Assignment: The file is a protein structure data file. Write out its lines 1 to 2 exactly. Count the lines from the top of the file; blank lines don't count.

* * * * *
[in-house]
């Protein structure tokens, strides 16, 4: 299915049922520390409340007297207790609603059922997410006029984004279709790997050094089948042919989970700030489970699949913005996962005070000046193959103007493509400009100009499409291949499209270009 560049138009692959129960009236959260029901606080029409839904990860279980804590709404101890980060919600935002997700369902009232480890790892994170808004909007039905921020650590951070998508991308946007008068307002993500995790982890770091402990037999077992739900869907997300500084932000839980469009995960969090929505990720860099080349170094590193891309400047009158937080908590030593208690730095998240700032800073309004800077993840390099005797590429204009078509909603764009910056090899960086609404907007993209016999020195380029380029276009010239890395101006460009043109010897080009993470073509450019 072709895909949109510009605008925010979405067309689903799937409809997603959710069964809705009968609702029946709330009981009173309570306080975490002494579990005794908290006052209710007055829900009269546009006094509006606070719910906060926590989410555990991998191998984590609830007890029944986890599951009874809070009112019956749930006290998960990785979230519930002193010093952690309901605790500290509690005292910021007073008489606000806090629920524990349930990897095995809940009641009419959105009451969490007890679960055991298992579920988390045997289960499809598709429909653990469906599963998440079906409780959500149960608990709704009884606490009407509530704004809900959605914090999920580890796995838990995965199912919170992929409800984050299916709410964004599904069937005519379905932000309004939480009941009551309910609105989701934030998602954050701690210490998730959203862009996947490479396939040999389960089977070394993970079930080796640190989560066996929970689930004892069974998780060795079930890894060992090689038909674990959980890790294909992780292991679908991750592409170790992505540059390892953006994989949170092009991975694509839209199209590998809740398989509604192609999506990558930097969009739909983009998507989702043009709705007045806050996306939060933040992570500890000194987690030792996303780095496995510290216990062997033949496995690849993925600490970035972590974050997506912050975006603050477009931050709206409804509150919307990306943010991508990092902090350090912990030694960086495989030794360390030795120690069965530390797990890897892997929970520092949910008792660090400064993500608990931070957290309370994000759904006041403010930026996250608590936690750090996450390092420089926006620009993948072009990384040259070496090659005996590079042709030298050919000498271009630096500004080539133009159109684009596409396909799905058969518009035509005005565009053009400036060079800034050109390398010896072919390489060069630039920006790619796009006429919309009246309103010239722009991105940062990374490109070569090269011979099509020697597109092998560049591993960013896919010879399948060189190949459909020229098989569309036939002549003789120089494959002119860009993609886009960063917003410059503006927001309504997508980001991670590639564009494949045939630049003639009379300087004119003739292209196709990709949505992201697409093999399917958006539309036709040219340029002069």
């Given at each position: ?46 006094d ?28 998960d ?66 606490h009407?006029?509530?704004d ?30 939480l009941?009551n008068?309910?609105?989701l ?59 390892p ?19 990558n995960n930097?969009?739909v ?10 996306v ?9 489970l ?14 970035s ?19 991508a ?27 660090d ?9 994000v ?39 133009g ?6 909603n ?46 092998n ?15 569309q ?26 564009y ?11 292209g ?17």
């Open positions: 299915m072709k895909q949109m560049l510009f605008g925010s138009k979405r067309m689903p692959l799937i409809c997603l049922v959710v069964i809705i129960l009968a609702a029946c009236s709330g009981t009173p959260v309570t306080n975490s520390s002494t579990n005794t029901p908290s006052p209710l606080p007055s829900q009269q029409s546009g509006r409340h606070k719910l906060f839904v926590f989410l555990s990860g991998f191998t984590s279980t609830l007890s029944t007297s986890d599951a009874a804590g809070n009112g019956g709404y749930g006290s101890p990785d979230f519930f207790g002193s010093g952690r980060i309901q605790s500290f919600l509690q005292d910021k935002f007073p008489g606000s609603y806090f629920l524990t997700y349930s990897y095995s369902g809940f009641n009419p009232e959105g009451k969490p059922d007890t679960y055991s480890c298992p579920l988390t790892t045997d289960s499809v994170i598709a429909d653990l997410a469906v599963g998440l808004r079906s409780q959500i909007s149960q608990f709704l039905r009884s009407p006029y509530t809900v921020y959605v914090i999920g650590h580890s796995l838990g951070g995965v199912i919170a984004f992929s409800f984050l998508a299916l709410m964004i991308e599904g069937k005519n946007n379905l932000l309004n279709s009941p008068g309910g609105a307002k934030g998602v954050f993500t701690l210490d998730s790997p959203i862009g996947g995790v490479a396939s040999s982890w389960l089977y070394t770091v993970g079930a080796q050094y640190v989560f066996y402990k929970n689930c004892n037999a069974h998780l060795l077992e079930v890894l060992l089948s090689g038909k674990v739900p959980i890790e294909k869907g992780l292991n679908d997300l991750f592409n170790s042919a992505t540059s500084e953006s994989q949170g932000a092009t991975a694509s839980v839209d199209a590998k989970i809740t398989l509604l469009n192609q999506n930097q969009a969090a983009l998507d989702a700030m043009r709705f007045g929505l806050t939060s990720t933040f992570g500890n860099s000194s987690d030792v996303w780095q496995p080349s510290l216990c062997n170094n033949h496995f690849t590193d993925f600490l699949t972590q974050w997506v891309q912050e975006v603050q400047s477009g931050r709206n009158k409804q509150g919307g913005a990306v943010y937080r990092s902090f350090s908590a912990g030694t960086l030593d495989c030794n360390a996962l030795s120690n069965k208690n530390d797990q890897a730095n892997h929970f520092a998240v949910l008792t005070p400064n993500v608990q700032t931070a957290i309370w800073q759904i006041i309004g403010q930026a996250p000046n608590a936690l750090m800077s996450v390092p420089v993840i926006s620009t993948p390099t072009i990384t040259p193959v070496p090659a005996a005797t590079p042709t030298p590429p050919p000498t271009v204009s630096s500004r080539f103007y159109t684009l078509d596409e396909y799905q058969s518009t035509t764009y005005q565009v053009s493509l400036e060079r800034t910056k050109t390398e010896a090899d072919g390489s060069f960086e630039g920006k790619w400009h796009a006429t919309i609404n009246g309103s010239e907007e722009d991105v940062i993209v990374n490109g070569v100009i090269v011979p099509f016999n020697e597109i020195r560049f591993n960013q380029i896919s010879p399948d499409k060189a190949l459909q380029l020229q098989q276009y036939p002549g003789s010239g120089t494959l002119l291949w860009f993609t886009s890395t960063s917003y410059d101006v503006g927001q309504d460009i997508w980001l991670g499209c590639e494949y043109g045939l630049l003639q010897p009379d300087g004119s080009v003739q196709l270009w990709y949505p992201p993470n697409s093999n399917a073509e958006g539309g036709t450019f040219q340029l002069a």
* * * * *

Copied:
[in-house]
């Protein structure tokens, strides 16, 4: 299915049922520390409340007297207790609603059922997410006029984004279709790997050094089948042919989970700030489970699949913005996962005070000046193959103007493509400009100009499409291949499209270009 560049138009692959129960009236959260029901606080029409839904990860279980804590709404101890980060919600935002997700369902009232480890790892994170808004909007039905921020650590951070998508991308946007008068307002993500995790982890770091402990037999077992739900869907997300500084932000839980469009995960969090929505990720860099080349170094590193891309400047009158937080908590030593208690730095998240700032800073309004800077993840390099005797590429204009078509909603764009910056090899960086609404907007993209016999020195380029380029276009010239890395101006460009043109010897080009993470073509450019 072709895909949109510009605008925010979405067309689903799937409809997603959710069964809705009968609702029946709330009981009173309570306080975490002494579990005794908290006052209710007055829900009269546009006094509006606070719910906060926590989410555990991998191998984590609830007890029944986890599951009874809070009112019956749930006290998960990785979230519930002193010093952690309901605790500290509690005292910021007073008489606000806090629920524990349930990897095995809940009641009419959105009451969490007890679960055991298992579920988390045997289960499809598709429909653990469906599963998440079906409780959500149960608990709704009884606490009407509530704004809900959605914090999920580890796995838990995965199912919170992929409800984050299916709410964004599904069937005519379905932000309004939480009941009551309910609105989701934030998602954050701690210490998730959203862009996947490479396939040999389960089977070394993970079930080796640190989560066996929970689930004892069974998780060795079930890894060992090689038909674990959980890790294909992780292991679908991750592409170790992505540059390892953006994989949170092009991975694509839209199209590998809740398989509604192609999506990558930097969009739909983009998507989702043009709705007045806050996306939060933040992570500890000194987690030792996303780095496995510290216990062997033949496995690849993925600490970035972590974050997506912050975006603050477009931050709206409804509150919307990306943010991508990092902090350090912990030694960086495989030794360390030795120690069965530390797990890897892997929970520092949910008792660090400064993500608990931070957290309370994000759904006041403010930026996250608590936690750090996450390092420089926006620009993948072009990384040259070496090659005996590079042709030298050919000498271009630096500004080539133009159109684009596409396909799905058969518009035509005005565009053009400036060079800034050109390398010896072919390489060069630039920006790619796009006429919309009246309103010239722009991105940062990374490109070569090269011979099509020697597109092998560049591993960013896919010879399948060189190949459909020229098989569309036939002549003789120089494959002119860009993609886009960063917003410059503006927001309504997508980001991670590639564009494949045939630049003639009379300087004119003739292209196709990709949505992201697409093999399917958006539309036709040219340029002069």